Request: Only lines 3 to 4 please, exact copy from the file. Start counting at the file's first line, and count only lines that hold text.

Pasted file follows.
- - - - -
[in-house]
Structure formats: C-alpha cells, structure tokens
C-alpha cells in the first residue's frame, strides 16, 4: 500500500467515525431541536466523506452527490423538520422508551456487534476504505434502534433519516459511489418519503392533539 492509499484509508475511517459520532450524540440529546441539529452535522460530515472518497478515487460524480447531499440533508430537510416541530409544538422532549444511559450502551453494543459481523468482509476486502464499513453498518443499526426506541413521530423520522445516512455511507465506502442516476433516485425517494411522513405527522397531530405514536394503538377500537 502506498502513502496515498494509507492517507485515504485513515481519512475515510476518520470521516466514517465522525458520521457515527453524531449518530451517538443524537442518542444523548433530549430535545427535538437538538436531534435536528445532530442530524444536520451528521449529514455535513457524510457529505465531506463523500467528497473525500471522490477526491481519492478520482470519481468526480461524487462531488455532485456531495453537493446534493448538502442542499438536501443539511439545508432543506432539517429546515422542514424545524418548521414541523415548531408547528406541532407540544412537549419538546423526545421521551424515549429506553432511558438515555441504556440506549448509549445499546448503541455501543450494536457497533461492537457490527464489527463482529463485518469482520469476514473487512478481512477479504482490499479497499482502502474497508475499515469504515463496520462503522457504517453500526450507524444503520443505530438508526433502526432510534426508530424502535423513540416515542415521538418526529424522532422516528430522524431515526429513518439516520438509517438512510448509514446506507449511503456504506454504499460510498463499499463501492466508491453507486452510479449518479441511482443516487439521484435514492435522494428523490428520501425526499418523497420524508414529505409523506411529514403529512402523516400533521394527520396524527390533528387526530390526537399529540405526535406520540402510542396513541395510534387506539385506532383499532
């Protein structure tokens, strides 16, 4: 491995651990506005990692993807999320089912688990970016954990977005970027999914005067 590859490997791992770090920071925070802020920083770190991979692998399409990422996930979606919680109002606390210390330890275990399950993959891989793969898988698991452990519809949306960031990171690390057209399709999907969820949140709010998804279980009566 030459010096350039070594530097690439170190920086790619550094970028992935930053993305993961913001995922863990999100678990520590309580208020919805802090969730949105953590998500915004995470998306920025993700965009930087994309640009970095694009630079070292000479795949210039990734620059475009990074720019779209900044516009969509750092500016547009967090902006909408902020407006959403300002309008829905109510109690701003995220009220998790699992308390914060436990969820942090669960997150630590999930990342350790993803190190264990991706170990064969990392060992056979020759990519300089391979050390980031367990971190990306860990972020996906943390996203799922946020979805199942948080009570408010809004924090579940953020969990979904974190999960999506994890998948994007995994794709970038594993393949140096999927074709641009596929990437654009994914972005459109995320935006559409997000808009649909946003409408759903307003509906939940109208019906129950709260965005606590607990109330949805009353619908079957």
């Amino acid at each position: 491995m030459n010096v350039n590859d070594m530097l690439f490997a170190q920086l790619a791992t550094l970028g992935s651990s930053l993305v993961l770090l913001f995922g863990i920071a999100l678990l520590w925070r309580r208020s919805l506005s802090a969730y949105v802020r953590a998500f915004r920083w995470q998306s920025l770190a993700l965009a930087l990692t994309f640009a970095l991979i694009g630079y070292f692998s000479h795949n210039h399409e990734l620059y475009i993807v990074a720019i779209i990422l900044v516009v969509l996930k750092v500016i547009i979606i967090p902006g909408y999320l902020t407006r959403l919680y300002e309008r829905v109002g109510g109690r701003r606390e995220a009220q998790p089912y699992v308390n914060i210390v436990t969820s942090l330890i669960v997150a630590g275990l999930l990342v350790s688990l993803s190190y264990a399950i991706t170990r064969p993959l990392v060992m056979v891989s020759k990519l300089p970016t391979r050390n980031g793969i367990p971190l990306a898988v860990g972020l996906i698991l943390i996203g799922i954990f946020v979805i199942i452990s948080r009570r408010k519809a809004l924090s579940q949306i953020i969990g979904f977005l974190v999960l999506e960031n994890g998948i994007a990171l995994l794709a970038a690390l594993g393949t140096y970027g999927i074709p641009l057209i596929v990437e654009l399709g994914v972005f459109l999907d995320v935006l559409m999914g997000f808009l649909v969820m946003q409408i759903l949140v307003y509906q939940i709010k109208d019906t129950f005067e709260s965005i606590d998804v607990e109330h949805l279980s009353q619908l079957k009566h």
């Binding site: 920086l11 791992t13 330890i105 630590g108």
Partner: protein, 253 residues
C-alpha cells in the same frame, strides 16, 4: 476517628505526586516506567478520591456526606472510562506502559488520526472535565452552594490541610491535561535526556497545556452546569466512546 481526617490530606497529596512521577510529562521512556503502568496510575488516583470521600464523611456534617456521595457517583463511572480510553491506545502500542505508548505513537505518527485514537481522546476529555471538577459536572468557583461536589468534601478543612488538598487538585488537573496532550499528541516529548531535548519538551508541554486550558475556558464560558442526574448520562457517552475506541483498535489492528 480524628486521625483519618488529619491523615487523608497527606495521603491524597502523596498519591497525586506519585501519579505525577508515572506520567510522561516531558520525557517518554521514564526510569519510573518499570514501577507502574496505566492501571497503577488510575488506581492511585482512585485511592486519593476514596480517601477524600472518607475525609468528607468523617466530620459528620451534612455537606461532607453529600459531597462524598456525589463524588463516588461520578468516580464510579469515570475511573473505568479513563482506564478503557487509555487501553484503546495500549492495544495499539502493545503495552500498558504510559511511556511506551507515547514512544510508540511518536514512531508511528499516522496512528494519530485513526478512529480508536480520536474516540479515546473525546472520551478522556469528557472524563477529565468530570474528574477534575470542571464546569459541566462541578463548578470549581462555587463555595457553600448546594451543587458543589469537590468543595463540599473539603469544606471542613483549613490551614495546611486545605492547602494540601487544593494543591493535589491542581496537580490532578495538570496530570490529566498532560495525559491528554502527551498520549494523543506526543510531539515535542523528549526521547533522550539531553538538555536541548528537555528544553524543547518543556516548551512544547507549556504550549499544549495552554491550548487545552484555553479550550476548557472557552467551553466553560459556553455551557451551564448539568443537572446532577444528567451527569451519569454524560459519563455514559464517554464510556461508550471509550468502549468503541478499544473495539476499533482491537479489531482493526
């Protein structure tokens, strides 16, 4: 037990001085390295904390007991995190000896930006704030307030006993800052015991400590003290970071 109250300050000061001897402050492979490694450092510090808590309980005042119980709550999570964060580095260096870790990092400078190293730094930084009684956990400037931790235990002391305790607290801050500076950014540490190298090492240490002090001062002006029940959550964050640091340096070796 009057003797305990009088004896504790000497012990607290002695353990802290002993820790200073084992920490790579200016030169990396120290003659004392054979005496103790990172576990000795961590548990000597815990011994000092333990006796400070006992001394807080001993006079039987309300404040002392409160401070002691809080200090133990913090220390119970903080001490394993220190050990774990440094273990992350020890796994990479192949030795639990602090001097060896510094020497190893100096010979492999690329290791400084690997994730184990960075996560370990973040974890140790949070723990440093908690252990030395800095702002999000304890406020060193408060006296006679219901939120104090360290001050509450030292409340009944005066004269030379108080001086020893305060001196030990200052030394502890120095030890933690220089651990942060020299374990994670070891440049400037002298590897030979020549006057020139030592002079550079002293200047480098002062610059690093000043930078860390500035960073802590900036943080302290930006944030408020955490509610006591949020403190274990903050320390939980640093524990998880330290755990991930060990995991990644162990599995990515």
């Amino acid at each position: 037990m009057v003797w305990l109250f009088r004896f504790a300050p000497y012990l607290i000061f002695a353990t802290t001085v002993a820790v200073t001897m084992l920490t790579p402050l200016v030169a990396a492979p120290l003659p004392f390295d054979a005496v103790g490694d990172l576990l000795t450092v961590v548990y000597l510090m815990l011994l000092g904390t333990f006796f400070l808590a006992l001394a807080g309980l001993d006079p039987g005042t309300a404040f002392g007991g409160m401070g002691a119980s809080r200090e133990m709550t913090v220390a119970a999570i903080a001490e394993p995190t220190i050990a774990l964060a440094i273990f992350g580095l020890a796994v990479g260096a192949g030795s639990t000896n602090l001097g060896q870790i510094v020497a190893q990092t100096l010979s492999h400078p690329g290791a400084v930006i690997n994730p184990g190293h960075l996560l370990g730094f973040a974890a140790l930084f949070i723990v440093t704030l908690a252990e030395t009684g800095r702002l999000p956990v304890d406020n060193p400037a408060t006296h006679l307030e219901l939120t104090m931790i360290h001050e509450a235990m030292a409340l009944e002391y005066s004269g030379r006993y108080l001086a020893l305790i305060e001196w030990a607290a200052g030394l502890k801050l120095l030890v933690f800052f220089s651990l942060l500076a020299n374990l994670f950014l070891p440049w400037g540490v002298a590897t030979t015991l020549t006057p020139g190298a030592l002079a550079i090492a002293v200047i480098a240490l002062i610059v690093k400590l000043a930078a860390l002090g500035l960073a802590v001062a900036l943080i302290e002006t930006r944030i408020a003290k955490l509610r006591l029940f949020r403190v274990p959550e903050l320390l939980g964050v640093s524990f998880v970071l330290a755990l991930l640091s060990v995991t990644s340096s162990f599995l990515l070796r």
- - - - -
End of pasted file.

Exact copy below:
C-alpha cells in the first residue's frame, strides 16, 4: 500500500467515525431541536466523506452527490423538520422508551456487534476504505434502534433519516459511489418519503392533539 492509499484509508475511517459520532450524540440529546441539529452535522460530515472518497478515487460524480447531499440533508430537510416541530409544538422532549444511559450502551453494543459481523468482509476486502464499513453498518443499526426506541413521530423520522445516512455511507465506502442516476433516485425517494411522513405527522397531530405514536394503538377500537 502506498502513502496515498494509507492517507485515504485513515481519512475515510476518520470521516466514517465522525458520521457515527453524531449518530451517538443524537442518542444523548433530549430535545427535538437538538436531534435536528445532530442530524444536520451528521449529514455535513457524510457529505465531506463523500467528497473525500471522490477526491481519492478520482470519481468526480461524487462531488455532485456531495453537493446534493448538502442542499438536501443539511439545508432543506432539517429546515422542514424545524418548521414541523415548531408547528406541532407540544412537549419538546423526545421521551424515549429506553432511558438515555441504556440506549448509549445499546448503541455501543450494536457497533461492537457490527464489527463482529463485518469482520469476514473487512478481512477479504482490499479497499482502502474497508475499515469504515463496520462503522457504517453500526450507524444503520443505530438508526433502526432510534426508530424502535423513540416515542415521538418526529424522532422516528430522524431515526429513518439516520438509517438512510448509514446506507449511503456504506454504499460510498463499499463501492466508491453507486452510479449518479441511482443516487439521484435514492435522494428523490428520501425526499418523497420524508414529505409523506411529514403529512402523516400533521394527520396524527390533528387526530390526537399529540405526535406520540402510542396513541395510534387506539385506532383499532
């Protein structure tokens, strides 16, 4: 491995651990506005990692993807999320089912688990970016954990977005970027999914005067 590859490997791992770090920071925070802020920083770190991979692998399409990422996930979606919680109002606390210390330890275990399950993959891989793969898988698991452990519809949306960031990171690390057209399709999907969820949140709010998804279980009566 030459010096350039070594530097690439170190920086790619550094970028992935930053993305993961913001995922863990999100678990520590309580208020919805802090969730949105953590998500915004995470998306920025993700965009930087994309640009970095694009630079070292000479795949210039990734620059475009990074720019779209900044516009969509750092500016547009967090902006909408902020407006959403300002309008829905109510109690701003995220009220998790699992308390914060436990969820942090669960997150630590999930990342350790993803190190264990991706170990064969990392060992056979020759990519300089391979050390980031367990971190990306860990972020996906943390996203799922946020979805199942948080009570408010809004924090579940953020969990979904974190999960999506994890998948994007995994794709970038594993393949140096999927074709641009596929990437654009994914972005459109995320935006559409997000808009649909946003409408759903307003509906939940109208019906129950709260965005606590607990109330949805009353619908079957």